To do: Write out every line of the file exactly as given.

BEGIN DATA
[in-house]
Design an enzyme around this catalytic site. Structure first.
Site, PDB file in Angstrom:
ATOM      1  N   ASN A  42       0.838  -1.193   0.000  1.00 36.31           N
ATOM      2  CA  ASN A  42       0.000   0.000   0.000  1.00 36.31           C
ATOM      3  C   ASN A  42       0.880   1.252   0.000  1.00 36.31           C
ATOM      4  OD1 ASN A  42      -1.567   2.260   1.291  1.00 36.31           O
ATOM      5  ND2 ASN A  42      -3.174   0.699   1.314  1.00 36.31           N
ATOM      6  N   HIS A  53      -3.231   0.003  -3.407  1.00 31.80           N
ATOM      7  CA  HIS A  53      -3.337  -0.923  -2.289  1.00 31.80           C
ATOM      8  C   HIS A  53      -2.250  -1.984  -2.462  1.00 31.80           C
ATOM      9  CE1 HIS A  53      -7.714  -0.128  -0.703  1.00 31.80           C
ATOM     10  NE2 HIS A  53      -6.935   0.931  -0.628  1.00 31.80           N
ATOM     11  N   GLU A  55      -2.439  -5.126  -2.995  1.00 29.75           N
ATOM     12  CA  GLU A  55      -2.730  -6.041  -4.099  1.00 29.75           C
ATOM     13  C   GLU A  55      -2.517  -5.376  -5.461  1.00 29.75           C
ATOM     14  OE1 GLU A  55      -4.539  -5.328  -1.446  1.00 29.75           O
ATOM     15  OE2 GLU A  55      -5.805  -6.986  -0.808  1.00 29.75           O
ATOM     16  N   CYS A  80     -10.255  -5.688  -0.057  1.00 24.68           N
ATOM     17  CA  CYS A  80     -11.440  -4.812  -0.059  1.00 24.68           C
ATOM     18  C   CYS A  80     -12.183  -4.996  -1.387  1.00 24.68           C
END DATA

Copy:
[in-house]
Design an enzyme around this catalytic site. Structure first.
Site, PDB file in Angstrom:
ATOM      1  N   ASN A  42       0.838  -1.193   0.000  1.00 36.31           N
ATOM      2  CA  ASN A  42       0.000   0.000   0.000  1.00 36.31           C
ATOM      3  C   ASN A  42       0.880   1.252   0.000  1.00 36.31           C
ATOM      4  OD1 ASN A  42      -1.567   2.260   1.291  1.00 36.31           O
ATOM      5  ND2 ASN A  42      -3.174   0.699   1.314  1.00 36.31           N
ATOM      6  N   HIS A  53      -3.231   0.003  -3.407  1.00 31.80           N
ATOM      7  CA  HIS A  53      -3.337  -0.923  -2.289  1.00 31.80           C
ATOM      8  C   HIS A  53      -2.250  -1.984  -2.462  1.00 31.80           C
ATOM      9  CE1 HIS A  53      -7.714  -0.128  -0.703  1.00 31.80           C
ATOM     10  NE2 HIS A  53      -6.935   0.931  -0.628  1.00 31.80           N
ATOM     11  N   GLU A  55      -2.439  -5.126  -2.995  1.00 29.75           N
ATOM     12  CA  GLU A  55      -2.730  -6.041  -4.099  1.00 29.75           C
ATOM     13  C   GLU A  55      -2.517  -5.376  -5.461  1.00 29.75           C
ATOM     14  OE1 GLU A  55      -4.539  -5.328  -1.446  1.00 29.75           O
ATOM     15  OE2 GLU A  55      -5.805  -6.986  -0.808  1.00 29.75           O
ATOM     16  N   CYS A  80     -10.255  -5.688  -0.057  1.00 24.68           N
ATOM     17  CA  CYS A  80     -11.440  -4.812  -0.059  1.00 24.68           C
ATOM     18  C   CYS A  80     -12.183  -4.996  -1.387  1.00 24.68           C